Production Sharing Agreement

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Production Sharing Agreement (PSA) is a type of contract for oil and gas concessions in which one or more oil companies and the host country share the oil or gas production according to a specified key.

A distinction is made between cost oil and profit oil . Cost-Oil is the portion of the production oil, the yield of which is due to the oil company to cover the investments and the running costs. Profit-Oil is the share of production that goes beyond this and is divided according to a fixed key ( primary split ).

To ensure that 100% of the oil produced does not reach the production company as cost oil during the amortization period, a cost oil limit is usually agreed, which defines a maximum of the produced amount as cost oil. After the amortization period of the investments has expired , almost only profit oil will be promoted.

The purpose of the contract is that the production company can cover the costs of exploration ( sounding ) and technical facilities for the first few years , while the host country does not have to forego a profit during this time.

The following example: Company XY invests in exploration (prospecting) and opening up an amount that corresponds to, for example, 120,000 BOE (Barrels Oil Equivalent), then the company would like to get at least this amount plus profit out again. Assuming the field promotes 100,000 BOE per year, the expenses could be covered in full within the first 2 years. However, since the corresponding countries would not have a profit during this period, a distinction is made between cost oil and profit oil .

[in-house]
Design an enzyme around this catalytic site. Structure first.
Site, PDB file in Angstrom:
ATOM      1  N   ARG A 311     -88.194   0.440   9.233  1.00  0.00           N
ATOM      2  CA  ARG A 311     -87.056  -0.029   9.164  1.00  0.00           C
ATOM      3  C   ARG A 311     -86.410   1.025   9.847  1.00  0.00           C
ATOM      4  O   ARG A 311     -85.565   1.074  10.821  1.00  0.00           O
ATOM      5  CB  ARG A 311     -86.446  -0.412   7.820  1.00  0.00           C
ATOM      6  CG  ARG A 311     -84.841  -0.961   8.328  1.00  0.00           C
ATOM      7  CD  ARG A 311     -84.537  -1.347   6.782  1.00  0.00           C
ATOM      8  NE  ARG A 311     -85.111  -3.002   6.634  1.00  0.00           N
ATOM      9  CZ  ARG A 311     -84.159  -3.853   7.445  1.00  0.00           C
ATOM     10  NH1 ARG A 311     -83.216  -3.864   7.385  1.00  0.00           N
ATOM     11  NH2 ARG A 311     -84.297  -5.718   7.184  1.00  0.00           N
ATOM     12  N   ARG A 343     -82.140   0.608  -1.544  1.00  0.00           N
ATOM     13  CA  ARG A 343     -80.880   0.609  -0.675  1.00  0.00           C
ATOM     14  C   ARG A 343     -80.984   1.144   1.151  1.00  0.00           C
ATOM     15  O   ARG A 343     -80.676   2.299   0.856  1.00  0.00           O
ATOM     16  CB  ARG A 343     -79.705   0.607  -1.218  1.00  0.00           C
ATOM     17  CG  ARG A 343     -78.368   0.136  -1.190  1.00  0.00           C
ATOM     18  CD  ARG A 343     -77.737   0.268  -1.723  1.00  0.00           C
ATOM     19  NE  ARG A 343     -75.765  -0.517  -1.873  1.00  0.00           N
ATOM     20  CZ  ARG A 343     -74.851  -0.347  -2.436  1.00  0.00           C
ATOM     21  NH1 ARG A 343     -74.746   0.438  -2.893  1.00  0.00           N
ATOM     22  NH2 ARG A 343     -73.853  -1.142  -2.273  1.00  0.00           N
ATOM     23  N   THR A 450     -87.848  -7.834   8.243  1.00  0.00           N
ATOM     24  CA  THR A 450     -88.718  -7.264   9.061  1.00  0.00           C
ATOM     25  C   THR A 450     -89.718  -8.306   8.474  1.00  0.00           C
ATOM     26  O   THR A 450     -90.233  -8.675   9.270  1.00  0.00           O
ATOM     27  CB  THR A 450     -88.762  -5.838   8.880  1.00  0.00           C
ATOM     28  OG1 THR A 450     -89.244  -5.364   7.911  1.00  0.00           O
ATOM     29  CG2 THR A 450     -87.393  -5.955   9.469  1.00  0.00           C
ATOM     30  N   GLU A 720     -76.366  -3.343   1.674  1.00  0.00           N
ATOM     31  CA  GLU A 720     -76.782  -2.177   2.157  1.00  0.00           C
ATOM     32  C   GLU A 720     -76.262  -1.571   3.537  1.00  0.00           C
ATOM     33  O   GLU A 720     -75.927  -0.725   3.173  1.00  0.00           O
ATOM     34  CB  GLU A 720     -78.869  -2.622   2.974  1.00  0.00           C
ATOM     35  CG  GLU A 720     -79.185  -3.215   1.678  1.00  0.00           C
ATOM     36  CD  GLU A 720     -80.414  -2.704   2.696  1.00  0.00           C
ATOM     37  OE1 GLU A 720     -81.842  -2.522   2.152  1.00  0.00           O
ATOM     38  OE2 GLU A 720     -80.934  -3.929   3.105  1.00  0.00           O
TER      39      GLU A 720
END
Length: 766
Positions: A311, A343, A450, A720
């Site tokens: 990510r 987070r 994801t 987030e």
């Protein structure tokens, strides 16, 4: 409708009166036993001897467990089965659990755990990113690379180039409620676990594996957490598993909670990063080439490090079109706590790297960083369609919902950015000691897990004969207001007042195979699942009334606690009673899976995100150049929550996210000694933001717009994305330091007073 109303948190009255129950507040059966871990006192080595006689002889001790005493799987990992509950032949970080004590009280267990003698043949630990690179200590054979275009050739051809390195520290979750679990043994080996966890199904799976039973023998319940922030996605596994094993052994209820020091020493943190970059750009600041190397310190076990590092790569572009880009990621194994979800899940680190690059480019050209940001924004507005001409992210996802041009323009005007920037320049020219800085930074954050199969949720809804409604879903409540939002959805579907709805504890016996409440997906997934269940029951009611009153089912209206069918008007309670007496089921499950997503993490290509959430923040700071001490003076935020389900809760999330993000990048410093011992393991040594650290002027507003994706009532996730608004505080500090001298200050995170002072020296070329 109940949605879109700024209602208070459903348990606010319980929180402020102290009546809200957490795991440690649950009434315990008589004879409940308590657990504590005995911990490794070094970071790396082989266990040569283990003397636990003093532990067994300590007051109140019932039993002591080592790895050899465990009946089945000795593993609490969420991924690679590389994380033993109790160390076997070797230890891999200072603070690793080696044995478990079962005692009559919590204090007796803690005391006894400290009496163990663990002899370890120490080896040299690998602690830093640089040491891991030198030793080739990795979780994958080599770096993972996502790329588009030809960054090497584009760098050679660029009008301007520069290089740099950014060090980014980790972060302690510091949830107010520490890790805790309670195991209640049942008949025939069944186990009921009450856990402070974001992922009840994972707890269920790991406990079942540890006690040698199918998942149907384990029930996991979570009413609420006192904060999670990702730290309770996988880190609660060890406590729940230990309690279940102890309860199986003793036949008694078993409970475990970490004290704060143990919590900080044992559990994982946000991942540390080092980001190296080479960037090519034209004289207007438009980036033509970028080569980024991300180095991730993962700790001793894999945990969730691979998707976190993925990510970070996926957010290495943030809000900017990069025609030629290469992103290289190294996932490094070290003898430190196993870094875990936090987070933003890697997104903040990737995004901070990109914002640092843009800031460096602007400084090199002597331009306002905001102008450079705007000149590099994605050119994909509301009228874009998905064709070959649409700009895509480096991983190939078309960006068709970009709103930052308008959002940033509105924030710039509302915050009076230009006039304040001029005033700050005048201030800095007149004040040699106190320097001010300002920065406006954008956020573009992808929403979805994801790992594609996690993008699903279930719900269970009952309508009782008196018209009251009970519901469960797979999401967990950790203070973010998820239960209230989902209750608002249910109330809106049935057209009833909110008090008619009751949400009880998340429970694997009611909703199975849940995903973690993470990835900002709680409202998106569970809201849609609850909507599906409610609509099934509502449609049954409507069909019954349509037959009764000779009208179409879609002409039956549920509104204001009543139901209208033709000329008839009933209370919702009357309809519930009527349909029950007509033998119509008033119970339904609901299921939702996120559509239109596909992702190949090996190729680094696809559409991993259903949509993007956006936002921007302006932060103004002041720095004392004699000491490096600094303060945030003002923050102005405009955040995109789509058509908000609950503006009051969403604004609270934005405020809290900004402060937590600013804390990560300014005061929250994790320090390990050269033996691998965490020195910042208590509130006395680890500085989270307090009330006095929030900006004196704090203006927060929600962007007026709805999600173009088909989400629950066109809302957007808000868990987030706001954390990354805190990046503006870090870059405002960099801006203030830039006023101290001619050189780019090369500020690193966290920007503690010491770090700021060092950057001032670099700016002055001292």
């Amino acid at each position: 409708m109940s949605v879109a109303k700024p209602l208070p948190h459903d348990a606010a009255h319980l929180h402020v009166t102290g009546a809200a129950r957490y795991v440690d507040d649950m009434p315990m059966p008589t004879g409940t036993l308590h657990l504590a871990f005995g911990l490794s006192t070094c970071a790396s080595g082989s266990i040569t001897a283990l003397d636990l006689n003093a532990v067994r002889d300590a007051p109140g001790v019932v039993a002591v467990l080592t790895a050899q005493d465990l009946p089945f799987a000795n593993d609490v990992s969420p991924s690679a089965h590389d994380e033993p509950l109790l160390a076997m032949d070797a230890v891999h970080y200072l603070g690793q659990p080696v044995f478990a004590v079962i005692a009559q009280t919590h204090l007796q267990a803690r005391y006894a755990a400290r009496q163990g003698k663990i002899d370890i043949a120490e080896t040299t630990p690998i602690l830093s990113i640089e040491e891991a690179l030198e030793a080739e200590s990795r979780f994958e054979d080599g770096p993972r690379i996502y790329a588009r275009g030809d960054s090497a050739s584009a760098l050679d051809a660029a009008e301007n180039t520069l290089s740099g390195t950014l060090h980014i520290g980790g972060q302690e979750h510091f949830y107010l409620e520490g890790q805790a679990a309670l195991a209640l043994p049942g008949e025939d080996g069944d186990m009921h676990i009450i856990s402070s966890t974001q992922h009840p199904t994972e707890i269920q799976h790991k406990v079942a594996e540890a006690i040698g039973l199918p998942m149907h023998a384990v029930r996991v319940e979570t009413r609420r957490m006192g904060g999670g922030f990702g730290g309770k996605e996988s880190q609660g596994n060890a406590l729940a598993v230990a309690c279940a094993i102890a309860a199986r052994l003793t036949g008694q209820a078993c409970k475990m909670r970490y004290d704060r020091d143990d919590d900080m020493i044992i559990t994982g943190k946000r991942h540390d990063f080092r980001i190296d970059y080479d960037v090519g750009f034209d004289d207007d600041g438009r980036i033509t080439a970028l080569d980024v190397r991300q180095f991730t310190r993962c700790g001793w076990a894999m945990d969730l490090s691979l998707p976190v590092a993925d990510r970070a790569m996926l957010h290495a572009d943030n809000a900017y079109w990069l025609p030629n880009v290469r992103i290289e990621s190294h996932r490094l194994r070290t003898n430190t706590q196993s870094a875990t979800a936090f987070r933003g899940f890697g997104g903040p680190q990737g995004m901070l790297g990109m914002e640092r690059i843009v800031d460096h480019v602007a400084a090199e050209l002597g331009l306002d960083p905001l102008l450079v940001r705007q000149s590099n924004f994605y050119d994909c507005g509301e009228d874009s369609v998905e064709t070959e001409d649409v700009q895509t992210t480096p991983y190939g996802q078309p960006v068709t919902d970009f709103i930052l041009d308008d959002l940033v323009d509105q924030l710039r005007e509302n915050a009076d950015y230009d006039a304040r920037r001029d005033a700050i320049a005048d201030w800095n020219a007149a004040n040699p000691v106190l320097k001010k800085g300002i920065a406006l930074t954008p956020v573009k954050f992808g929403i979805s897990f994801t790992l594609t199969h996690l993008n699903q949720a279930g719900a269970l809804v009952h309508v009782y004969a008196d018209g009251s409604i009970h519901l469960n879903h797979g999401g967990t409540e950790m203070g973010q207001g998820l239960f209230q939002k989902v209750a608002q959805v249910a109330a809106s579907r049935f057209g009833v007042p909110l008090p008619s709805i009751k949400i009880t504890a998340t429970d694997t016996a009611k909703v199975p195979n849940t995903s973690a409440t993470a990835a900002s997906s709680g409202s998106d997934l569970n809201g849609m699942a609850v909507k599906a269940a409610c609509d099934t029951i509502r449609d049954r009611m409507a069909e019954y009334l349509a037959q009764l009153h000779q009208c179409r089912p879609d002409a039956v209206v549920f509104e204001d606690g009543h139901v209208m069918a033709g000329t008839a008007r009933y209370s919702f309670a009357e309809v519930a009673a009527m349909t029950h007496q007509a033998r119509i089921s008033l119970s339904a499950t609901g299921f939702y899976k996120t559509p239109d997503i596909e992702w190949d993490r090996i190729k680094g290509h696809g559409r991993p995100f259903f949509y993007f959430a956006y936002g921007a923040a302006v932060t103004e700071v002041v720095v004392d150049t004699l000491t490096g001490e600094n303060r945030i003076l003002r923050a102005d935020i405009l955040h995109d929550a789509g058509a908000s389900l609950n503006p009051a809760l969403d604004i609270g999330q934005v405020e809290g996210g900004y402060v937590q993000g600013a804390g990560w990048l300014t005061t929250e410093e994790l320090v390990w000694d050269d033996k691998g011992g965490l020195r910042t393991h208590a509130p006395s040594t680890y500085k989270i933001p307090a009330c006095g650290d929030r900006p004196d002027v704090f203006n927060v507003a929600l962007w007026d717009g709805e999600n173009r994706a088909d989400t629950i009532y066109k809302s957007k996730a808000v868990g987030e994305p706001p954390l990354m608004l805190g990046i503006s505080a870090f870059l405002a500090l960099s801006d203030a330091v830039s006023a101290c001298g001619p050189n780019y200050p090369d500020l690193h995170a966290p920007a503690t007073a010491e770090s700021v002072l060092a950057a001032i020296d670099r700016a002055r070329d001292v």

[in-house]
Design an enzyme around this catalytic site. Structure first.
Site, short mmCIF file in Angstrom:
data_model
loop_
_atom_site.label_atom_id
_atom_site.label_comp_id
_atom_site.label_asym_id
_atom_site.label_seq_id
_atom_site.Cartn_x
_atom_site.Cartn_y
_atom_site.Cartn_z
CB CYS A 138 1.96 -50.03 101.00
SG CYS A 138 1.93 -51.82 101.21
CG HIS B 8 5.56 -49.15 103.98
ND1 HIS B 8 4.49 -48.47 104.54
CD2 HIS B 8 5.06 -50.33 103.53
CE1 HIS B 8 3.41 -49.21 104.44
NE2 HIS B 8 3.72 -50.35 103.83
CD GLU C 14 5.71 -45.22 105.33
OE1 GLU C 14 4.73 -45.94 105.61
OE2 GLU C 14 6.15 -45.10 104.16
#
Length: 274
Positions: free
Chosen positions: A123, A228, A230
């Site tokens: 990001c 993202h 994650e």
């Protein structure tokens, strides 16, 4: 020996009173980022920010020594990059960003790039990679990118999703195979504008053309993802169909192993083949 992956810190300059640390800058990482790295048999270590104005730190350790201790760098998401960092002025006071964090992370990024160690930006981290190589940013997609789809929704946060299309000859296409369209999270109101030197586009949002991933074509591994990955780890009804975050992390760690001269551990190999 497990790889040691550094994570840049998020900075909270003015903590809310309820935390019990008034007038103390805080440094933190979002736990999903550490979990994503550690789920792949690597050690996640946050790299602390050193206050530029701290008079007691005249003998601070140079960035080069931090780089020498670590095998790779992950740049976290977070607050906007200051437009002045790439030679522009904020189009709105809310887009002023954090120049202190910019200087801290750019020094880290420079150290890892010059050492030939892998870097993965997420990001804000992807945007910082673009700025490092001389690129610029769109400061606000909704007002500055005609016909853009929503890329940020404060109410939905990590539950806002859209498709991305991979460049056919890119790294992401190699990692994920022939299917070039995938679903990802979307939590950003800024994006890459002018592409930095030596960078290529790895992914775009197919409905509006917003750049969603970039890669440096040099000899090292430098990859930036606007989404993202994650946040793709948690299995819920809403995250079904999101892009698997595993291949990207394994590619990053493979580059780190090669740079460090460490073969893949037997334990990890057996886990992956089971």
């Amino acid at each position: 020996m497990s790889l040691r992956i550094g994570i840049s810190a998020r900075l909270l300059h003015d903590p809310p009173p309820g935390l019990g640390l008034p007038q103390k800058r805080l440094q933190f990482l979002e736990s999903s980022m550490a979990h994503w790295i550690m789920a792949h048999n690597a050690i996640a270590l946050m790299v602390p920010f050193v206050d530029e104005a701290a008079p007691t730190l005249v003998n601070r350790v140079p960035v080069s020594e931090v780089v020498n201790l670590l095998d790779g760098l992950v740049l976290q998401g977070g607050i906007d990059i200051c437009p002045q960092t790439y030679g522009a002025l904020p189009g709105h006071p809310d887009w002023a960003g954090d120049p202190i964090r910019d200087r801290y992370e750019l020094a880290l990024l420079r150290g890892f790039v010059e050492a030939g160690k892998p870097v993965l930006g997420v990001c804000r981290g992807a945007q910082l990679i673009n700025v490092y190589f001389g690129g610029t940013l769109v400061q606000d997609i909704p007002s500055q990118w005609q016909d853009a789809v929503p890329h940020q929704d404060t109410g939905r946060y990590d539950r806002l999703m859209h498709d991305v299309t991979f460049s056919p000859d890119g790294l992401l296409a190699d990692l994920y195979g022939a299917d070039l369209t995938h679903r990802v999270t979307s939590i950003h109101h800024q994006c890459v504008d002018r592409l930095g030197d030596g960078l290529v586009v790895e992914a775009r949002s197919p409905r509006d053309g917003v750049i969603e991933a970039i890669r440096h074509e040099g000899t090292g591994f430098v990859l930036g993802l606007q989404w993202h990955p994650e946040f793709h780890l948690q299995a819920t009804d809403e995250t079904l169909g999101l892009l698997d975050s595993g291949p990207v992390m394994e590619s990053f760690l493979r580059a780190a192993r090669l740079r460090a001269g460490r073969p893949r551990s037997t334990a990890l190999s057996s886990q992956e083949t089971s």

The cost oil is intended to cover the company's expenses. However, a cost oil limit is set (e.g. 40%). In the example that would be 40,000 BOE per year. The expenses would simply be covered after 3 years.

The remaining delivery rate corresponds to the Profit Oil , which according to a best. Amount split between the country and the company. This division is also called "primary split", with each partner receiving a share of the remaining 60,000 BOE.

As soon as the costs are covered, there is only profit oil , so there is no longer any cost oil (note: this is a very simplified example, as certain costs will also arise during the future years). The Profit-Oil is divided according to the same key, but the base in the example is no longer 60,000, but 100,000.

PSA effect: Oil companies that produce oil or gas under PSAs relate their reserve figures to the cost oil they are entitled to . If the crude oil or gas prices rise , the cost oil share, measured in BOE , falls and the company's reserve figures will consequently fall. When prices fall, the opposite effect is noticeable.